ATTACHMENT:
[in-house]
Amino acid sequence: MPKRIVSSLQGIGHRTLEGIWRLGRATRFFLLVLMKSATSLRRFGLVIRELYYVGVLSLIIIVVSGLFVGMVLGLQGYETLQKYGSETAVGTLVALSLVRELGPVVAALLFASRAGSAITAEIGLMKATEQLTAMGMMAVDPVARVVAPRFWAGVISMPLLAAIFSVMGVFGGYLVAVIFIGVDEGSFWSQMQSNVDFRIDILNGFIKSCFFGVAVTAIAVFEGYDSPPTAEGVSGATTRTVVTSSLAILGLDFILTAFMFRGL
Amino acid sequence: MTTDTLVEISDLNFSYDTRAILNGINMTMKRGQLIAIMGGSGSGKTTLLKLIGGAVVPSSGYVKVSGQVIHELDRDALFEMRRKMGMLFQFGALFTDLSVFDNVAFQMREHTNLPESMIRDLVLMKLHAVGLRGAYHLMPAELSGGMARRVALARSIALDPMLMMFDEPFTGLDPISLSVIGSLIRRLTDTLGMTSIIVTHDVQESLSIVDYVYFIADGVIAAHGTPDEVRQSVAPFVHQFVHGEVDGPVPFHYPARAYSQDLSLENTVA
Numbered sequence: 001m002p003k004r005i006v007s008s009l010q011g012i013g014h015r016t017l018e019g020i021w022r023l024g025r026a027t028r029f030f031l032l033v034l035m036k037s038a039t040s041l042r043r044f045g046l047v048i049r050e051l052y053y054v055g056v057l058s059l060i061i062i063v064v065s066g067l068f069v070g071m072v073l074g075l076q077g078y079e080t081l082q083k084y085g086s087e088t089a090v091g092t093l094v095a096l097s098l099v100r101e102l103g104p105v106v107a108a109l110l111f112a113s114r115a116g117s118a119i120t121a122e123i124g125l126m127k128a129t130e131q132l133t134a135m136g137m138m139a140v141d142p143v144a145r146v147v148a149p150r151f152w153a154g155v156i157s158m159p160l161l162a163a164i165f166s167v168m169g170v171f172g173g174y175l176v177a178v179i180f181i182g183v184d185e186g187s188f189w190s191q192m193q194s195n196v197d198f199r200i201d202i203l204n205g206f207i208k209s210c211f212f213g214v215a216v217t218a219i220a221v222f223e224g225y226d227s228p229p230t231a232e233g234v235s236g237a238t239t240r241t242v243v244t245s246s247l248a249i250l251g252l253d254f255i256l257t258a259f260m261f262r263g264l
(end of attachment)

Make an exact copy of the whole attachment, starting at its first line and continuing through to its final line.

[in-house]
Amino acid sequence: MPKRIVSSLQGIGHRTLEGIWRLGRATRFFLLVLMKSATSLRRFGLVIRELYYVGVLSLIIIVVSGLFVGMVLGLQGYETLQKYGSETAVGTLVALSLVRELGPVVAALLFASRAGSAITAEIGLMKATEQLTAMGMMAVDPVARVVAPRFWAGVISMPLLAAIFSVMGVFGGYLVAVIFIGVDEGSFWSQMQSNVDFRIDILNGFIKSCFFGVAVTAIAVFEGYDSPPTAEGVSGATTRTVVTSSLAILGLDFILTAFMFRGL
Amino acid sequence: MTTDTLVEISDLNFSYDTRAILNGINMTMKRGQLIAIMGGSGSGKTTLLKLIGGAVVPSSGYVKVSGQVIHELDRDALFEMRRKMGMLFQFGALFTDLSVFDNVAFQMREHTNLPESMIRDLVLMKLHAVGLRGAYHLMPAELSGGMARRVALARSIALDPMLMMFDEPFTGLDPISLSVIGSLIRRLTDTLGMTSIIVTHDVQESLSIVDYVYFIADGVIAAHGTPDEVRQSVAPFVHQFVHGEVDGPVPFHYPARAYSQDLSLENTVA
Numbered sequence: 001m002p003k004r005i006v007s008s009l010q011g012i013g014h015r016t017l018e019g020i021w022r023l024g025r026a027t028r029f030f031l032l033v034l035m036k037s038a039t040s041l042r043r044f045g046l047v048i049r050e051l052y053y054v055g056v057l058s059l060i061i062i063v064v065s066g067l068f069v070g071m072v073l074g075l076q077g078y079e080t081l082q083k084y085g086s087e088t089a090v091g092t093l094v095a096l097s098l099v100r101e102l103g104p105v106v107a108a109l110l111f112a113s114r115a116g117s118a119i120t121a122e123i124g125l126m127k128a129t130e131q132l133t134a135m136g137m138m139a140v141d142p143v144a145r146v147v148a149p150r151f152w153a154g155v156i157s158m159p160l161l162a163a164i165f166s167v168m169g170v171f172g173g174y175l176v177a178v179i180f181i182g183v184d185e186g187s188f189w190s191q192m193q194s195n196v197d198f199r200i201d202i203l204n205g206f207i208k209s210c211f212f213g214v215a216v217t218a219i220a221v222f223e224g225y226d227s228p229p230t231a232e233g234v235s236g237a238t239t240r241t242v243v244t245s246s247l248a249i250l251g252l253d254f255i256l257t258a259f260m261f262r263g264l